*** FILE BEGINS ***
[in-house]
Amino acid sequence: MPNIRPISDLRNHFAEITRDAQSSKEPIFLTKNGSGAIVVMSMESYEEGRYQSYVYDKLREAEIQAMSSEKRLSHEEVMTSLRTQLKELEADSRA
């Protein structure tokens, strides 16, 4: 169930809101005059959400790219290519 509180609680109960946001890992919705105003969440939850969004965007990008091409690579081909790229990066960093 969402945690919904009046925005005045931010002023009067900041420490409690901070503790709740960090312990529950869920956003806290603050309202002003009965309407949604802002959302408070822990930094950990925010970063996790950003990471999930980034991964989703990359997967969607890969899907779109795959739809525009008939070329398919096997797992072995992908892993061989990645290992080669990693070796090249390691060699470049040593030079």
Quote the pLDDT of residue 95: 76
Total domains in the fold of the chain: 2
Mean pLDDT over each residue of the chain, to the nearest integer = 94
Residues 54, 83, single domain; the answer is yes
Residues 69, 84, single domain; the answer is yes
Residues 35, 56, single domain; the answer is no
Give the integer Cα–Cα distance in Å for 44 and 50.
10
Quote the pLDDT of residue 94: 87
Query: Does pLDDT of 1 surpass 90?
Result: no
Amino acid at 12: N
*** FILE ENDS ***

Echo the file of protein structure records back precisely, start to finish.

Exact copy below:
[in-house]
Amino acid sequence: MPNIRPISDLRNHFAEITRDAQSSKEPIFLTKNGSGAIVVMSMESYEEGRYQSYVYDKLREAEIQAMSSEKRLSHEEVMTSLRTQLKELEADSRA
């Protein structure tokens, strides 16, 4: 169930809101005059959400790219290519 509180609680109960946001890992919705105003969440939850969004965007990008091409690579081909790229990066960093 969402945690919904009046925005005045931010002023009067900041420490409690901070503790709740960090312990529950869920956003806290603050309202002003009965309407949604802002959302408070822990930094950990925010970063996790950003990471999930980034991964989703990359997967969607890969899907779109795959739809525009008939070329398919096997797992072995992908892993061989990645290992080669990693070796090249390691060699470049040593030079």
Quote the pLDDT of residue 95: 76
Total domains in the fold of the chain: 2
Mean pLDDT over each residue of the chain, to the nearest integer = 94
Residues 54, 83, single domain; the answer is yes
Residues 69, 84, single domain; the answer is yes
Residues 35, 56, single domain; the answer is no
Give the integer Cα–Cα distance in Å for 44 and 50.
10
Quote the pLDDT of residue 94: 87
Query: Does pLDDT of 1 surpass 90?
Result: no
Amino acid at 12: N